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More Secret Testimony: This Time, it’s Writers Guild CFO Don Gor

We learn the guild has residual money of 5,000 people; also that you remain a member of the Writers Guild even when you are dead

Here comes still more interesting, exclusive reading from the  secret files of the just-settled class action lawsuit between screenwriter William Richert and the Writers Guild of America west.


Last time, you may remember, we brought you the secret deposition of Terri Mial, the whistleblower whose job it was to administer residual and foreign levy payments. Mial testified that she was instructed not to pay out the checks that came in, and to shred the check lists.


Now comes the July 2007 deposition of the Writers Guild chief financial officer Don Gor, who knows shockingly little about Terri Mial.


He reveals here that there are approximately 5,000 people whose money the guild has, and who are mostly not members of the guild.(Don’t ask for this to make sense. It just is.)


We have otherwise learned that this amounts to about $30 million of other peoples’ money sitting around.


Here are a few of the many interesting , and sometimes testy exchanges between Gor and plaintiff’s lawyer Neville Johnson which, among other things, clarifies that even if you are dead, you remain a member of the Writers Guild. (I could never make that up. It’s in black and white.)


Here are answers to some simple questions that reporters such as myself have been unable to get for a few years now. Johnson asks the number of people who are entitled to foreign levies who the WGA can’t find.


Approximately about more than 5,000 people – names.


And how many of these are members?


I don’t have the exact breakdown, but I want to say less than 20 to 25 percent are members.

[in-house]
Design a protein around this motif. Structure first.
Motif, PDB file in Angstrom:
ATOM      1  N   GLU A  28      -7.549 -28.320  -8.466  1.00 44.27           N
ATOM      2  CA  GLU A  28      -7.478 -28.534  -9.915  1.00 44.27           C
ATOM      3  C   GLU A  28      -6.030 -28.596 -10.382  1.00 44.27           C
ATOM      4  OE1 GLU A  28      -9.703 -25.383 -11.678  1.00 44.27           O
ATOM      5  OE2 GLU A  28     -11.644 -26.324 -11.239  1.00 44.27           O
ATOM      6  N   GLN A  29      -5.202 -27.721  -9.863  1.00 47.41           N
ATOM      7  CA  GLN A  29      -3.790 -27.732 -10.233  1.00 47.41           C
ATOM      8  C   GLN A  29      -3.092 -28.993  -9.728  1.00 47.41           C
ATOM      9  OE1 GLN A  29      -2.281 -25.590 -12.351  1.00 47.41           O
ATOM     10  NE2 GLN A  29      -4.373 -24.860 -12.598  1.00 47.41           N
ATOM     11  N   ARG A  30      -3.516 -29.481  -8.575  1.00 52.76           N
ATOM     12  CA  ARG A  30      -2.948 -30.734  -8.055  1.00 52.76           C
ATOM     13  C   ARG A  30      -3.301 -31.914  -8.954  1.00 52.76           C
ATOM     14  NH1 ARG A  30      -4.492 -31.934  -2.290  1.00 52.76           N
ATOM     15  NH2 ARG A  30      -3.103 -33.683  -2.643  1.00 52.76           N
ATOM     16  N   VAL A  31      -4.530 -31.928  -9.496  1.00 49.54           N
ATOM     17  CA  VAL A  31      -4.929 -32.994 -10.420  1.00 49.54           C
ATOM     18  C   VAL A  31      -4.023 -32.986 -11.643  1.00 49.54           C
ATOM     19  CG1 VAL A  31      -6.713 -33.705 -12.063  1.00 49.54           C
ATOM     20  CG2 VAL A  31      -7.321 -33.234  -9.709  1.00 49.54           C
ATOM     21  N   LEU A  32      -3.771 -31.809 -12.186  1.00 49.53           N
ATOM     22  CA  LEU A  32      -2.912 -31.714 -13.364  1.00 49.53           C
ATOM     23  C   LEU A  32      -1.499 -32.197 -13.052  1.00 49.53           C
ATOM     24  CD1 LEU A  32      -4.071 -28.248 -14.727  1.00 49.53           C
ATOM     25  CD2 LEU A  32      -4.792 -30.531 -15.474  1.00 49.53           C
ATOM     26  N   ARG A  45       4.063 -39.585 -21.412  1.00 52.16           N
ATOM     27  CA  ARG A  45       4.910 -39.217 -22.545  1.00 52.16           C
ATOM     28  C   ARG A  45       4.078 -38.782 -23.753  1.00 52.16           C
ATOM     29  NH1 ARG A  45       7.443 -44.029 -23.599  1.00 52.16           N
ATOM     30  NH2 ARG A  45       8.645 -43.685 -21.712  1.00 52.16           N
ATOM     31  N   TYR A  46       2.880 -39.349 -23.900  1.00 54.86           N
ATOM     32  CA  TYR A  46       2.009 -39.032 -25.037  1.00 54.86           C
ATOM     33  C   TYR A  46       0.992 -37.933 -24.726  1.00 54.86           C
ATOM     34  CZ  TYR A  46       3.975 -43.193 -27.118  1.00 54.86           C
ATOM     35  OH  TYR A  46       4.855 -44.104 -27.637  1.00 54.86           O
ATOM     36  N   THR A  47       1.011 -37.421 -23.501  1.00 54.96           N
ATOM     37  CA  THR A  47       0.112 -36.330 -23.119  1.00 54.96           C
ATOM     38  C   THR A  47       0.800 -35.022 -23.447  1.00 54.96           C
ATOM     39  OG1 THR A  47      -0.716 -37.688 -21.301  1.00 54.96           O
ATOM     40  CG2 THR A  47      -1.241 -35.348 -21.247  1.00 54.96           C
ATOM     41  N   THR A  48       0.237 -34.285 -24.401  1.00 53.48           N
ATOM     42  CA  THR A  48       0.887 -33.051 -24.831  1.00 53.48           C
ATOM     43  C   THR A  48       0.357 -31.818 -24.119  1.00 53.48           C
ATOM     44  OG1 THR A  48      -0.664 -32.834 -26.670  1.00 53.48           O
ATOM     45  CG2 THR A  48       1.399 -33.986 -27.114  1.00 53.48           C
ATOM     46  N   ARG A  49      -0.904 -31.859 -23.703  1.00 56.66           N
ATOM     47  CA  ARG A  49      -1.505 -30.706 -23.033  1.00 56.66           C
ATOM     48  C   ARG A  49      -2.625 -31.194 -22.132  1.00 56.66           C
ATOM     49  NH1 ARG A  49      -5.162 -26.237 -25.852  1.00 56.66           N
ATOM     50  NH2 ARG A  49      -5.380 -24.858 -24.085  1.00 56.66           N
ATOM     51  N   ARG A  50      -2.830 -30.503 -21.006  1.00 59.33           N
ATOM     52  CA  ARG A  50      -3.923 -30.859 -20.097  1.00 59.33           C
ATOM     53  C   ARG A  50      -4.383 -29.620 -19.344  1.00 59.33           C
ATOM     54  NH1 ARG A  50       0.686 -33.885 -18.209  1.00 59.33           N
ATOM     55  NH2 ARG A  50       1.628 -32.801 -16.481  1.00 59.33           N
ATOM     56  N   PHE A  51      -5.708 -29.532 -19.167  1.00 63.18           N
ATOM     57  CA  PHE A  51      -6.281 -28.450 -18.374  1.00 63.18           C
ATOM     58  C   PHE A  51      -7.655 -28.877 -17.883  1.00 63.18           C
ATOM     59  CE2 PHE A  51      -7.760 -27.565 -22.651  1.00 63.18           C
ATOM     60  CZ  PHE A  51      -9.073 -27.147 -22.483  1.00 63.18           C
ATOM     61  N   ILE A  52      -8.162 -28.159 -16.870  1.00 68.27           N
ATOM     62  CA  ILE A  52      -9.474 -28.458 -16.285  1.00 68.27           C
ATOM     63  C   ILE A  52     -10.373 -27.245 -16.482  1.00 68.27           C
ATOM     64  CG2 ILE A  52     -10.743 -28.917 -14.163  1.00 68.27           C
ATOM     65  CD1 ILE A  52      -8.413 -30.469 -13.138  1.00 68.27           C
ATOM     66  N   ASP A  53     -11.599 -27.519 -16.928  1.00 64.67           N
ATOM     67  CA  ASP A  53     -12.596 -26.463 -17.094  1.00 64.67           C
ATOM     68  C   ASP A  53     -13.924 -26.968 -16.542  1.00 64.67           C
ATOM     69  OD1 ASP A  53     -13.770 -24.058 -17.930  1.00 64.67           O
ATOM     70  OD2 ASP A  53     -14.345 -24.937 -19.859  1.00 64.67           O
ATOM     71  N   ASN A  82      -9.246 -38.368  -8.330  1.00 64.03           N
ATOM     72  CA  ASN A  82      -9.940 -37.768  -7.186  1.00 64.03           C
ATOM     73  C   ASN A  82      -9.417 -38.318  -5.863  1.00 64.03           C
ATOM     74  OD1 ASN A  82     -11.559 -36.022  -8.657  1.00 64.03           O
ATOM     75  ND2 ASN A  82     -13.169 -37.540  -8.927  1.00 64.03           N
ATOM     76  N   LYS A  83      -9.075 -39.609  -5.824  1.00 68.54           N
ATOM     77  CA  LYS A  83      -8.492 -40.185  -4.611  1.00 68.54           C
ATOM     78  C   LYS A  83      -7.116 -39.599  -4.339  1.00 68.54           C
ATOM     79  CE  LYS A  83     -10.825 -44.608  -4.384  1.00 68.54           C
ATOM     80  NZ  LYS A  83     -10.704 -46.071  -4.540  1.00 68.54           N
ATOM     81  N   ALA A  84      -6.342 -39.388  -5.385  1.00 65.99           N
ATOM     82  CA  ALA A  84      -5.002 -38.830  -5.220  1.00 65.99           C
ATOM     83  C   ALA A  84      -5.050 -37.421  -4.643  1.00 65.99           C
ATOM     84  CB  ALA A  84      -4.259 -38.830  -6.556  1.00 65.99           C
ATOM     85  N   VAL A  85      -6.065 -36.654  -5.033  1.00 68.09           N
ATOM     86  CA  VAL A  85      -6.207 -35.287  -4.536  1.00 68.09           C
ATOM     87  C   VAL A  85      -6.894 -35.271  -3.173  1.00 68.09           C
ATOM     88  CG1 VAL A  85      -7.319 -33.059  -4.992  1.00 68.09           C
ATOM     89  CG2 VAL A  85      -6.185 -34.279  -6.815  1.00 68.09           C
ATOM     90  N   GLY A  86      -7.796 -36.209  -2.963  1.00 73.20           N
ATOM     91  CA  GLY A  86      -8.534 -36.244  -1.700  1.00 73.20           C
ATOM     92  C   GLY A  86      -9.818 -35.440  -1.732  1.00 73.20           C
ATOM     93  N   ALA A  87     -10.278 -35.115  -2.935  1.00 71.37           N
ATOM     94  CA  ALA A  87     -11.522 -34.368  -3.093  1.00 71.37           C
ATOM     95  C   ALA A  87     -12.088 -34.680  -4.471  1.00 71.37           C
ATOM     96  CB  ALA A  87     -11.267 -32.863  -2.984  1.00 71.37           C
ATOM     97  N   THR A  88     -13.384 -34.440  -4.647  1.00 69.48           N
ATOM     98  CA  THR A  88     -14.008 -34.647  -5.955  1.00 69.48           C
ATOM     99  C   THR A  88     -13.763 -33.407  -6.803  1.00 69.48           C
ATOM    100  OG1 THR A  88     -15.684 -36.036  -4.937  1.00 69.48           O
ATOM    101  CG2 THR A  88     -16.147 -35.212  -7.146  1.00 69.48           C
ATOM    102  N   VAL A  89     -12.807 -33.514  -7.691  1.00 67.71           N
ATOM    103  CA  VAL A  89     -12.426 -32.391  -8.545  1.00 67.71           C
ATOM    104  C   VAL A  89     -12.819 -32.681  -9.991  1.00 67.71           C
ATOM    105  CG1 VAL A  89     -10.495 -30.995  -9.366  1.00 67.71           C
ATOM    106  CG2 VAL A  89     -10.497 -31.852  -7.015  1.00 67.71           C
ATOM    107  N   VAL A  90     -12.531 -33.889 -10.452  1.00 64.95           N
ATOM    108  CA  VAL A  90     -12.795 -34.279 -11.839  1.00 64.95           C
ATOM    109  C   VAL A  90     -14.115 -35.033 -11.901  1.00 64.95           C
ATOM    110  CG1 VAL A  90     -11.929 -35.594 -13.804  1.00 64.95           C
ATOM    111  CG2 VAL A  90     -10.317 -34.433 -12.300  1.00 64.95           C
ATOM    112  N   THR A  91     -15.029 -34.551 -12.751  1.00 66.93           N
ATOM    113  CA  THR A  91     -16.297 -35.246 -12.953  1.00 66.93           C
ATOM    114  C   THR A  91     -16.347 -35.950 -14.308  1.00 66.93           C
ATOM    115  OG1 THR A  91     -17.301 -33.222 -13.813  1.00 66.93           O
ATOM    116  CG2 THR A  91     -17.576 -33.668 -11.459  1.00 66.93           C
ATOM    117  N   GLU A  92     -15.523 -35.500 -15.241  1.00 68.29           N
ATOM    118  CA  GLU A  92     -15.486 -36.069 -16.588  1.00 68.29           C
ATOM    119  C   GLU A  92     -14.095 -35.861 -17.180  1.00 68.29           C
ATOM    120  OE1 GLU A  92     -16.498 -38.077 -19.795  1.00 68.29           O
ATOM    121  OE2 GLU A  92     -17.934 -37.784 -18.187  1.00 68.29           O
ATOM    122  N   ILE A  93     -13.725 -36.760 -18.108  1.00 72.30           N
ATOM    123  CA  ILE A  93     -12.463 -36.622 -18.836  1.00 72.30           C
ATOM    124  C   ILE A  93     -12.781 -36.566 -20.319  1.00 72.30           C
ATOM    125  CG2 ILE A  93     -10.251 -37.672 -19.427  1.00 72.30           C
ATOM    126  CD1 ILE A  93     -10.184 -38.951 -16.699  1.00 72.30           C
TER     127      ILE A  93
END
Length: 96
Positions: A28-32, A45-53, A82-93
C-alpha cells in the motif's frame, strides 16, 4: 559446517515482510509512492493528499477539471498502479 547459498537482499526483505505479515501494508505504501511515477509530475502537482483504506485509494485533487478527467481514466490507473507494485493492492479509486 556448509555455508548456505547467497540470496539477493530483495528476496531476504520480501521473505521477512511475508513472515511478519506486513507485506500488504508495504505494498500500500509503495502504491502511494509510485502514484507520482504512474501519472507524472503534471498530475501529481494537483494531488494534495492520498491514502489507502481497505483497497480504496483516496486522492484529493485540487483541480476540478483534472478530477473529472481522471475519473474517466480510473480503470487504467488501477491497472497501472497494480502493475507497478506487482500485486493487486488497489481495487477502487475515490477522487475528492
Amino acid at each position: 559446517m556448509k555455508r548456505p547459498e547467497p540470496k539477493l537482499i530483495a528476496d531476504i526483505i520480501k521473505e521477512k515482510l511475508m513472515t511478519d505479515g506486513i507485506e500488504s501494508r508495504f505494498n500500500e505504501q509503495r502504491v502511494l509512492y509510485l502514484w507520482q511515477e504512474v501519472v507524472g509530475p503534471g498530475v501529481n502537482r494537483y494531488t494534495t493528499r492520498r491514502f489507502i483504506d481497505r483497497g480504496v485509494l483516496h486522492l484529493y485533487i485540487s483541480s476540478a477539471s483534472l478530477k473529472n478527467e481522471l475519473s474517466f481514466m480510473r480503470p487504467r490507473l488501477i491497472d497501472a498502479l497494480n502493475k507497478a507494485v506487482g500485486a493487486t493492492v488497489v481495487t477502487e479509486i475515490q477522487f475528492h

Johnson asks for a listing. The guild lawyer prevents Gor from answering.


What’s the reason you don’t want to provide a listing of the people you can’t find?


…The first objection is that it’s burdensome.


And later Johnson asks:


Why collect  the money of nonmembers?


We collect money for all writers through the collection societies and once we get the titles we identify who we need to pay.


This gets asked many different ways, always with the same answer. Eventually the exchange gets testy between lawyers:


Johnson: Listen, I’m allowed to ask this witness any questions that relate to his testimony, including his veractiy, believability, and whether or not he’s been influenced. Ok?


Leheny: Take it up with the court


Johnson: So you’re refusing to allow him to answer that?


Leheny: Right.


Johnson: And the reason is?


Leheny: Impatience.


Knowing that the Department of Labor has been investigating the issues of foreing levies, Johnson asks repeatedly whether Gor has been questioned by government atuhorities. His attorney stops him from answering every time.

Among the things we learn is that even if you’re dead, you remain a member of the Writers Guild. (p 124)


A person could be emeritus and passed away and be deceased.


And those people don’t pay dues; right?


I assume they won’t.


And they’re not considered to be members of the union, right?


They’re still emeritus.


Well… they’re not members of the union because they’re dead, right?


Yeah, they’re dead members.



Read it for yourself, the full testimony is posted here: